Directed by Kelly Reichardt
Starring Michelle Williams, Kristen Stewart, Laura Dern
Director Kelly Reichardt has become a master at crafting rich portraits of ordinary lives. With her newest project, Certain Women, Reichardt outdoes herself. Supported by a stellar cast, including Laura Dern, Michelle Williams, and Kristen Stewart, Certain Women serves as a study of the human spirit, never being overtly preachy or over the top.
Built out of short stories by Maile Meloy, Certain Women takes a microscope to small pieces of the lives of three women in small-town Montana. Laura (Dern) is a lawyer dealing with a disgruntled client, who, through a set of circumstances, ends up taking a security guard at his former place of work as a hostage. Gina (Williams) is a wife whose family, a husband and teenage daughter, are in the process of building a new home from the ground up. And, Beth (Stewart) is a young lawyer tasked with teaching a late night class in a nearby small town.
Though their stories only barely intersect, each carries a similar theme of vulnerability and tact in the face of adversity or trouble. Each flawed in their own unique way, the women showcase unnerving courage, even when situations aren't what they seem. It's in the small things where Reichardt's film really takes flight. Though Laura is caught up in a minor hostage situation, her un-phased demeanor is a true slice of life. Gina's unwavering determination is so quiet and subtle. And, Beth's curiosity and honesty is both heart-breaking for those around her and, ultimately, the most interesting.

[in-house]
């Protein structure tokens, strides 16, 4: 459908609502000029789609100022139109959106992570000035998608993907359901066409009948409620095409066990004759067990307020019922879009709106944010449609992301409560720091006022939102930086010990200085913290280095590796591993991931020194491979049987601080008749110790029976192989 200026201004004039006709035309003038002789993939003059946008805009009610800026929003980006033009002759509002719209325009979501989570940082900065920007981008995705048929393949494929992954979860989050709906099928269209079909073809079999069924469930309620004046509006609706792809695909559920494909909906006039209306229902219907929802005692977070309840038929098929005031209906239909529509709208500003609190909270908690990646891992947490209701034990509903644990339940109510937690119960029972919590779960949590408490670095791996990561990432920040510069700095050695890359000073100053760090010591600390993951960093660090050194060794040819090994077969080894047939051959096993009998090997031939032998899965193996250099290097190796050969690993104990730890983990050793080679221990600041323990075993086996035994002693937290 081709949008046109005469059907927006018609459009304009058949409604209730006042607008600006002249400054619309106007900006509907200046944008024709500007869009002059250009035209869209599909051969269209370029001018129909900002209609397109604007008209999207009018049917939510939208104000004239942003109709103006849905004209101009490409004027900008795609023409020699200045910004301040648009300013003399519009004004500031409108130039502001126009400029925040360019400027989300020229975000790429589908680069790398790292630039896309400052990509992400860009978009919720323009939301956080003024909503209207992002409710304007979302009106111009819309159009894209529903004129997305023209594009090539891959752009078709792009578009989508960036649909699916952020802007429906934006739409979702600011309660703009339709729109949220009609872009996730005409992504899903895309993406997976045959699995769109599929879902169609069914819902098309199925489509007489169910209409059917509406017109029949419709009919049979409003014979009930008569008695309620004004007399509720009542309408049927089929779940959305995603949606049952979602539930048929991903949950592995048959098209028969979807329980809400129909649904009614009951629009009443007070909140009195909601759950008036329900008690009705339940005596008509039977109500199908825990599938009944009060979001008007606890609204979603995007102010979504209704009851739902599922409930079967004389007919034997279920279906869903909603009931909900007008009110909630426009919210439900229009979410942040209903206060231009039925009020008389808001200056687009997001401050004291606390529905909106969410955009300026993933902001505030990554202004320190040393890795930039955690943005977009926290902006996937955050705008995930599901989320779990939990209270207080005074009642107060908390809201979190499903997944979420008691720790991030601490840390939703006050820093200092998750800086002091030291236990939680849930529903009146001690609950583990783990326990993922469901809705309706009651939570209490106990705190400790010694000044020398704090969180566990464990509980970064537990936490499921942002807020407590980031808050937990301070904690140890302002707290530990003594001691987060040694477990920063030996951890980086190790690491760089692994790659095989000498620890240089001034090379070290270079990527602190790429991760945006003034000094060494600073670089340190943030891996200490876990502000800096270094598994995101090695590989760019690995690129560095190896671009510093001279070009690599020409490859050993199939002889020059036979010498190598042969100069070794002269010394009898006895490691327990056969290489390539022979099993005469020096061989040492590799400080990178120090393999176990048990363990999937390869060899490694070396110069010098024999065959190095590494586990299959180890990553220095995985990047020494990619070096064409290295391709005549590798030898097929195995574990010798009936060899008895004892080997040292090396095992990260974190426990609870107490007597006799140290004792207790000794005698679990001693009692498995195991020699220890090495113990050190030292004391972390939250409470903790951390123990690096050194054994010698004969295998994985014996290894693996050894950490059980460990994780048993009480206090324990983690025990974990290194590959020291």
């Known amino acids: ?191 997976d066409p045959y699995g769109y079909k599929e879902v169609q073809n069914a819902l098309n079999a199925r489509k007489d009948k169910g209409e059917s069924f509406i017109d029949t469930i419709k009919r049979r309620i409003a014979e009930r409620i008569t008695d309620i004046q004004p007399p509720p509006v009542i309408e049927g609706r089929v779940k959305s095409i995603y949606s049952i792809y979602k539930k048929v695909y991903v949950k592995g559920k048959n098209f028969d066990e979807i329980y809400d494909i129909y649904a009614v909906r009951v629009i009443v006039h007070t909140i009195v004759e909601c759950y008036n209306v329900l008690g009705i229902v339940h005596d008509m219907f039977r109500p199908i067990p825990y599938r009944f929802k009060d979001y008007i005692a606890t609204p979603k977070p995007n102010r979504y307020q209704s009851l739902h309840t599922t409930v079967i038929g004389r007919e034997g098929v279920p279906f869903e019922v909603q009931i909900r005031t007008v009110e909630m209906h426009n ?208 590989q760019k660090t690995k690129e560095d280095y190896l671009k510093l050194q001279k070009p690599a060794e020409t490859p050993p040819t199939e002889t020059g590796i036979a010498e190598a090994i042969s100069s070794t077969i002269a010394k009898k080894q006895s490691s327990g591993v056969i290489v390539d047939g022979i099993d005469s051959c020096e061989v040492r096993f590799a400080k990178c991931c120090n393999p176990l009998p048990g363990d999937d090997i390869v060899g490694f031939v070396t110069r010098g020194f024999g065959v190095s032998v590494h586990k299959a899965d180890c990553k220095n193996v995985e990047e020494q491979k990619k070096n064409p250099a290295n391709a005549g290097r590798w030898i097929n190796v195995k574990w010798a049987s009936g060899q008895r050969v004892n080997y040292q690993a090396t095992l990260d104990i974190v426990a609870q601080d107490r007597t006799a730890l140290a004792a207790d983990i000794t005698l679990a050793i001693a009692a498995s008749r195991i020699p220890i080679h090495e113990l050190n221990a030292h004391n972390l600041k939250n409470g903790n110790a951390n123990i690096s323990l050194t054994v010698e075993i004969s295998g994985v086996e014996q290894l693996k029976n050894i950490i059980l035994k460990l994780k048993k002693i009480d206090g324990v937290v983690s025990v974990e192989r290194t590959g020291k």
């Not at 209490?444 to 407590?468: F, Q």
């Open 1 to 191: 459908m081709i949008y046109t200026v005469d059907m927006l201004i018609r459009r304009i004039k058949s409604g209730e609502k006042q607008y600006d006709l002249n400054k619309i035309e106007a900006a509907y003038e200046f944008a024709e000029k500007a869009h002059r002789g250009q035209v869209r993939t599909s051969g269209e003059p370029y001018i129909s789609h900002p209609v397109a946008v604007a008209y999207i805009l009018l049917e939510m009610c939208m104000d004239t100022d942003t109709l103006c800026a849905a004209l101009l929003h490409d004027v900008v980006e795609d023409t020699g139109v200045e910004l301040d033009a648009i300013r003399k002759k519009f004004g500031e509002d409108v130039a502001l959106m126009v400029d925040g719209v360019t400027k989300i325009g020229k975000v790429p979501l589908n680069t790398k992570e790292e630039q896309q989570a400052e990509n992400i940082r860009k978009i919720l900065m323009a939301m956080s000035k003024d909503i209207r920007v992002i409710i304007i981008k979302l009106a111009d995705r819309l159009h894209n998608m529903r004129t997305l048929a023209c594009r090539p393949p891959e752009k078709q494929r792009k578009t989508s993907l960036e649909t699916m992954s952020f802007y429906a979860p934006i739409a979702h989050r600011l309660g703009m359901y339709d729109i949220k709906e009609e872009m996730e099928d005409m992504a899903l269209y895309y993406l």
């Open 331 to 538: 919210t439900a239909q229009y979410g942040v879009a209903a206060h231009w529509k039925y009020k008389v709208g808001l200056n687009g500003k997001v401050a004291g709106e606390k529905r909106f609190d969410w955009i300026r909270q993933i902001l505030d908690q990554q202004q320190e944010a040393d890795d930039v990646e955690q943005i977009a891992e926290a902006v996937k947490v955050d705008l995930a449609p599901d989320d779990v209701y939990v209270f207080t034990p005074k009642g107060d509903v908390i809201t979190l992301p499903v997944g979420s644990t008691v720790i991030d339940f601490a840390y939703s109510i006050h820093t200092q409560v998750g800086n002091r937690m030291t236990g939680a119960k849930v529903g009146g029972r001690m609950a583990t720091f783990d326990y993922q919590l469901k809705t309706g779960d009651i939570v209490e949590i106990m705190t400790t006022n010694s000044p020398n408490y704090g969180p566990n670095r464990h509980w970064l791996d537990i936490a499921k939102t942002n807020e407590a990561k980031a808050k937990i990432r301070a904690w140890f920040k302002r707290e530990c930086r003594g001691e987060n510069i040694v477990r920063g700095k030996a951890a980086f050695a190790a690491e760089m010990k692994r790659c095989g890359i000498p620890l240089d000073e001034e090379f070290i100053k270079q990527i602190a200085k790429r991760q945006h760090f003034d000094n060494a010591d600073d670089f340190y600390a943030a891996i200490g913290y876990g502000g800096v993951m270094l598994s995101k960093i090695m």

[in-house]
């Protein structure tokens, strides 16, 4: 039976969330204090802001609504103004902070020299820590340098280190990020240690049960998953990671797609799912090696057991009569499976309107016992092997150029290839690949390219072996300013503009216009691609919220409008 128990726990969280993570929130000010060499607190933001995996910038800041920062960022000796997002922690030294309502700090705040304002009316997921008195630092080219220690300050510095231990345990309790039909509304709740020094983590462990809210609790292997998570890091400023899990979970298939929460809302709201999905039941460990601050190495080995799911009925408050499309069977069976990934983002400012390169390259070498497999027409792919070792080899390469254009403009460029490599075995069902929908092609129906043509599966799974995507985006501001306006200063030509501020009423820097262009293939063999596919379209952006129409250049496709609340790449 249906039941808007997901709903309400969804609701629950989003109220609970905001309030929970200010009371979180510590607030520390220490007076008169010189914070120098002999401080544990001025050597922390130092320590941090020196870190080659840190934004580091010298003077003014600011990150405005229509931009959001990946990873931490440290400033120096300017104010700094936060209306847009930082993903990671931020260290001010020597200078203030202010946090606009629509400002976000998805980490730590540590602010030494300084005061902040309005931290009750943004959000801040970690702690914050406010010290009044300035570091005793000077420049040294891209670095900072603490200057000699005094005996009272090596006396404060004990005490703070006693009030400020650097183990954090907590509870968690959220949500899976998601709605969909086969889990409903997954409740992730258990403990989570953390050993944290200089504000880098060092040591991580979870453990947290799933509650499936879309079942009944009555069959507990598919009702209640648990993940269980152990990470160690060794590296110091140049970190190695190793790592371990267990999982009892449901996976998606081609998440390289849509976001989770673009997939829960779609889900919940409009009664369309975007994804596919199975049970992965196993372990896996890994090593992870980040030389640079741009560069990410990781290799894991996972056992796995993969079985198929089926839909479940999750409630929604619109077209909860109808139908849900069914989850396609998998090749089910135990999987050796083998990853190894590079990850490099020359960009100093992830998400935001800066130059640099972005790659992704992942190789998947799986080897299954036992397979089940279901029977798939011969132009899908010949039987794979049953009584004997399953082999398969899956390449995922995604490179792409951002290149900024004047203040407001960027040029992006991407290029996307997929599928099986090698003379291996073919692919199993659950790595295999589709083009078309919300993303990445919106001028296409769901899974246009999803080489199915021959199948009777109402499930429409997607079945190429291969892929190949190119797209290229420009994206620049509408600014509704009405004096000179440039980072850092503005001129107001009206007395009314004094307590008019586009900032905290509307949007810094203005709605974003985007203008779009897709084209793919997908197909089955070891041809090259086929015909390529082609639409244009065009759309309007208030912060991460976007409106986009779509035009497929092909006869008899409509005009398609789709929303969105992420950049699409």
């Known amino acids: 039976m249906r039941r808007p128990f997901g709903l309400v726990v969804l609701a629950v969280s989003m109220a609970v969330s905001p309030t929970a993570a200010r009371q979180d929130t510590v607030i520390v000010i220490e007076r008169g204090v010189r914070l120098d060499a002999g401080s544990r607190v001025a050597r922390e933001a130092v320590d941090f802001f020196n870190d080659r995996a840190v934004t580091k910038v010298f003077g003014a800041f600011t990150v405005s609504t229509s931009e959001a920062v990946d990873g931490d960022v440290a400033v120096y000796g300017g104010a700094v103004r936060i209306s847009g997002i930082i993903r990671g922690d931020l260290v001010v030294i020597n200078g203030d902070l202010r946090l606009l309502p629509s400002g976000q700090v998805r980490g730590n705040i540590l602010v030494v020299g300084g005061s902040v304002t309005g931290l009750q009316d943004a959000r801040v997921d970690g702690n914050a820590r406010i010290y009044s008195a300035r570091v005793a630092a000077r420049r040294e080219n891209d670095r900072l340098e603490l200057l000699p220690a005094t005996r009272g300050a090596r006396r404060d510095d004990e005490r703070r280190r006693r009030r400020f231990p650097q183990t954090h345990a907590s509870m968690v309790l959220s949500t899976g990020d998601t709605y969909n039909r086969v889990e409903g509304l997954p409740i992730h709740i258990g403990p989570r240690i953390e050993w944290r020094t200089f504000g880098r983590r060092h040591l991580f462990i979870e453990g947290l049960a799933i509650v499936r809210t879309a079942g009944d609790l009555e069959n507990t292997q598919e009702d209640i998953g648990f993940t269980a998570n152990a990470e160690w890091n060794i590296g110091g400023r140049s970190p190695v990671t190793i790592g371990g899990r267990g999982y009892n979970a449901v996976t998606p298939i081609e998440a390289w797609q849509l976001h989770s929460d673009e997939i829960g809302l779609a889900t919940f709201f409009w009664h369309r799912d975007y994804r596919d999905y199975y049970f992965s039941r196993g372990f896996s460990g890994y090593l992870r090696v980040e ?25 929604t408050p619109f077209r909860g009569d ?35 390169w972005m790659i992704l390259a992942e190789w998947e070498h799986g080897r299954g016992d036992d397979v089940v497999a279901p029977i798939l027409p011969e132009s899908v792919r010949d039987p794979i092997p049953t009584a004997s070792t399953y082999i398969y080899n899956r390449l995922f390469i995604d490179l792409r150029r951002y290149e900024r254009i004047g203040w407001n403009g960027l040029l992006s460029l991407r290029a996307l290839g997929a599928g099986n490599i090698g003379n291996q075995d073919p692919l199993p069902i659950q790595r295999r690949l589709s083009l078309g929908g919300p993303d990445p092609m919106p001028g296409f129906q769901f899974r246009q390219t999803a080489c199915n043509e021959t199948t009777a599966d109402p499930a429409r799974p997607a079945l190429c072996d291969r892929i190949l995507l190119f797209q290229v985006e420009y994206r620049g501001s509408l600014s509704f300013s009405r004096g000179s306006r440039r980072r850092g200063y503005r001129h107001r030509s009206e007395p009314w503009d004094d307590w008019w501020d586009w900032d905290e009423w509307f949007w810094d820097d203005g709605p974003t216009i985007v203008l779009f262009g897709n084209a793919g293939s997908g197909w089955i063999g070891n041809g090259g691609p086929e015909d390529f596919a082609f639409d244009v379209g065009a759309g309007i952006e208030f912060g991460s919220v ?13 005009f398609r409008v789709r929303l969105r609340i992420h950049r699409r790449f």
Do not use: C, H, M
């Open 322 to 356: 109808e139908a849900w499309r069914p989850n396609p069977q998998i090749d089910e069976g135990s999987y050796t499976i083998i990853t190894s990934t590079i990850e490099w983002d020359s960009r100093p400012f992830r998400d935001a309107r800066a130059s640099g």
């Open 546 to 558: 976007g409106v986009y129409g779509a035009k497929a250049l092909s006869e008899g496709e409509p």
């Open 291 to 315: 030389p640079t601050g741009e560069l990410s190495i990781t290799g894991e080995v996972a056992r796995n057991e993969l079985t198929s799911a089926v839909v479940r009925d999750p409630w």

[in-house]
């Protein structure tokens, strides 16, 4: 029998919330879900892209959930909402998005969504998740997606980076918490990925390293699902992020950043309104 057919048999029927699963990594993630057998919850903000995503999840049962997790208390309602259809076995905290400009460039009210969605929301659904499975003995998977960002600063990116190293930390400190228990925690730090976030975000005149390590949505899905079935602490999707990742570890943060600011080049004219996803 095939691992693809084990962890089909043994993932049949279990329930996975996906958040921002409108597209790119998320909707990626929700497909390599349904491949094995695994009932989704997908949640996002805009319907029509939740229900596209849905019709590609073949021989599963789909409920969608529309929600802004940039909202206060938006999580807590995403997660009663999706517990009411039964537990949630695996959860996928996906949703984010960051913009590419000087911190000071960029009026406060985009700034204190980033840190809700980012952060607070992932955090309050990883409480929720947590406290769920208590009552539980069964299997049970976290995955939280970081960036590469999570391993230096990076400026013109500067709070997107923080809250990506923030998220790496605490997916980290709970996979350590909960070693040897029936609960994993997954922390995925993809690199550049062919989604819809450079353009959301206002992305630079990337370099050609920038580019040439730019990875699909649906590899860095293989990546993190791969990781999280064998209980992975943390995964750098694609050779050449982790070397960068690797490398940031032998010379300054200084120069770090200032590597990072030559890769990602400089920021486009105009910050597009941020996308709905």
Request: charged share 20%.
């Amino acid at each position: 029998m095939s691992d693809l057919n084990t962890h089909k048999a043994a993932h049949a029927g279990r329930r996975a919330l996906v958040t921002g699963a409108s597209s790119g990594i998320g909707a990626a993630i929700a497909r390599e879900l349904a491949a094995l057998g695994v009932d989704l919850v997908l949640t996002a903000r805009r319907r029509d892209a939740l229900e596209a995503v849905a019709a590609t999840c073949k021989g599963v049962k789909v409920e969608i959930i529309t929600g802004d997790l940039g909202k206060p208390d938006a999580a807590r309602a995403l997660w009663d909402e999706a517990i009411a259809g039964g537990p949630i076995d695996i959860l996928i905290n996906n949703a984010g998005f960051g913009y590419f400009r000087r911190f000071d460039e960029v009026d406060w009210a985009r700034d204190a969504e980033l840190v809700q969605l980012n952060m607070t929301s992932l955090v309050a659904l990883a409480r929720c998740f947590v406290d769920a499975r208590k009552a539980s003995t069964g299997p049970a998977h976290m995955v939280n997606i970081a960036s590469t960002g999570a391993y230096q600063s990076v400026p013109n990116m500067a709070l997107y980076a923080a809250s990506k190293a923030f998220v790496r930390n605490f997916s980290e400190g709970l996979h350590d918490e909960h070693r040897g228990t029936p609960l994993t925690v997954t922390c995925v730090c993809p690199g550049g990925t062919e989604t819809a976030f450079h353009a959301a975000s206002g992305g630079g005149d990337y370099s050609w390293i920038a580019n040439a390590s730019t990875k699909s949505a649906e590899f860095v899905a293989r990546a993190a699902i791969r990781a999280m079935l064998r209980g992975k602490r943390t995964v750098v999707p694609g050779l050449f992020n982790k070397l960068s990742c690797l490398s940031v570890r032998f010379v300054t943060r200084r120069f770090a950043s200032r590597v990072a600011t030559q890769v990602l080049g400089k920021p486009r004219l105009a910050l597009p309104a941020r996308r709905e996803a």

Broken up into three acts, it's the third, Beth's story, that's the most captivating. Newcomer Lily Gladstone steals the entire picture as a stoic ranch hand who stumbles into Beth's late night class. The budding, but awkward, friendship that builds between the two is obviously out of convenience, but that's only when looking from the outside. A romantic interest blooms, but is entirely one-sided. The aching loneliness that slowly builds as each person realizes where their situation actually lies will elicit the film's heaviest emotions.
One of Reichardt's films' best traits is always in the visuals, and there's nothing underwhelming here. A beautiful, stilted opening shot of a train crossing the quiet, lonely land of the American west sets the tone for the mundane, in a good way, about to be experienced.
Certain Women is a quiet masterpiece rich in intricacies and some of the year's best performances. It's harsh and real, almost to a fault, while remaining earnest and beautiful.
Runtime: 1h 47min